The Greeks, in particular, through the actions and the networks of the Society of Friends, the expatriate organisations and associations, the Philhellenic Committees, a number of Veterans of the Napoleonic Wars, prominent European personalities (Byron, Shelley, Krug, Goethe, Eynard, Louis, Napoleon II, Leopold, Holderlin etc), under the auspices  of Kapodistrias,  the Ypsilantis brothers, together with the mobilization of the notables, the armatoloi, the klephtes, the clergy, the teachers of the Great School of the Nation and the merchant marine circles organise their War of Independence. Since the beginning, of course it is emphasised by everyone (Ypsilantis, the revolutionaries from the Mani peninsula, local authorities, intellectuals etc) that these acts of war are not social and civil conflicts, but a great  and national liberation war, far from social class exclusions.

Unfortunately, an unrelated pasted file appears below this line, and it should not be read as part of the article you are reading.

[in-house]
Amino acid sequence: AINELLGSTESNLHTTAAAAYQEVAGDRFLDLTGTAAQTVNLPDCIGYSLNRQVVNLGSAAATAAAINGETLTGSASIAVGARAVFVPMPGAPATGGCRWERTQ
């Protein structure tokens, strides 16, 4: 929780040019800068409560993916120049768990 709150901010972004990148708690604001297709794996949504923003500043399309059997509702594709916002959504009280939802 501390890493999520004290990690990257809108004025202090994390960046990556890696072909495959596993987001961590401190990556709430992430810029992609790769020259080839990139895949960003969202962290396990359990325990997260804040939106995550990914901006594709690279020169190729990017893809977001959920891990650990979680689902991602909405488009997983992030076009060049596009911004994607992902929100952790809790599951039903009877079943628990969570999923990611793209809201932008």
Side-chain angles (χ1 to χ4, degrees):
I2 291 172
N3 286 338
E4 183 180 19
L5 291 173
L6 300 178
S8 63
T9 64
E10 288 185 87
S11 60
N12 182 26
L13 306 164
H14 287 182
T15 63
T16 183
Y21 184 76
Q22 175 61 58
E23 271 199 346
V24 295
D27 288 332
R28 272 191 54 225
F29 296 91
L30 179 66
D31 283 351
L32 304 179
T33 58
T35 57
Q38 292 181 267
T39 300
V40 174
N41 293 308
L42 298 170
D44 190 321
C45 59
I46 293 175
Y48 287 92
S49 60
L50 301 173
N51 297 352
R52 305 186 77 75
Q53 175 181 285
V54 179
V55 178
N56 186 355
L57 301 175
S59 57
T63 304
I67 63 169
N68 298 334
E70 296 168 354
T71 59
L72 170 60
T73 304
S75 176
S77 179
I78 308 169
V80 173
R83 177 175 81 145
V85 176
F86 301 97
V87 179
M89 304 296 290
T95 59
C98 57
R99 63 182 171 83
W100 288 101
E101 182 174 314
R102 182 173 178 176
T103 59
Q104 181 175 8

The Greeks throughout the Balkan Peninsula and Asia Minor, as well as the Ionian Sea and the Aegean Archipelago, as well as in Cyprus and even Constantinople will get organised and  participate in the Revolution using their full might, suffering huge losses, through the path of sacrifice, participation and any kind of contribution.  Alongside these hundreds of thousands of fighters and participants, men, women and children from Trieste to Cyprus, from Trabzon to Zakynthos, from Moscow to Kassos and from Belgrade to Famagusta, there is hope for a better tomorrow, in a free nation. Their supporters are the Philhellenes, Hellenists, Liberals and Democrats, “citizens of the world” worldwide. Some think that they are fighting for Freedom against Autocracy and Despotism, others view themselves as fighters for Europe against Asia, others believe they are fighting for Christianity against Islam, others advocate they are fighting for the Greeks against the Turks-Ottomans-Persians-Asians and still others visualize themselves as fighters for Freedom, Justice, Brotherhood and Equality, for a better world. Everyone is fighting alone but also with the Other, side by side and within them, while some others pursue opportunism, individual wealth and a new “career”.  Unfortunately, or fortunately, in a war everything co-exists, like in Pandora’s Box.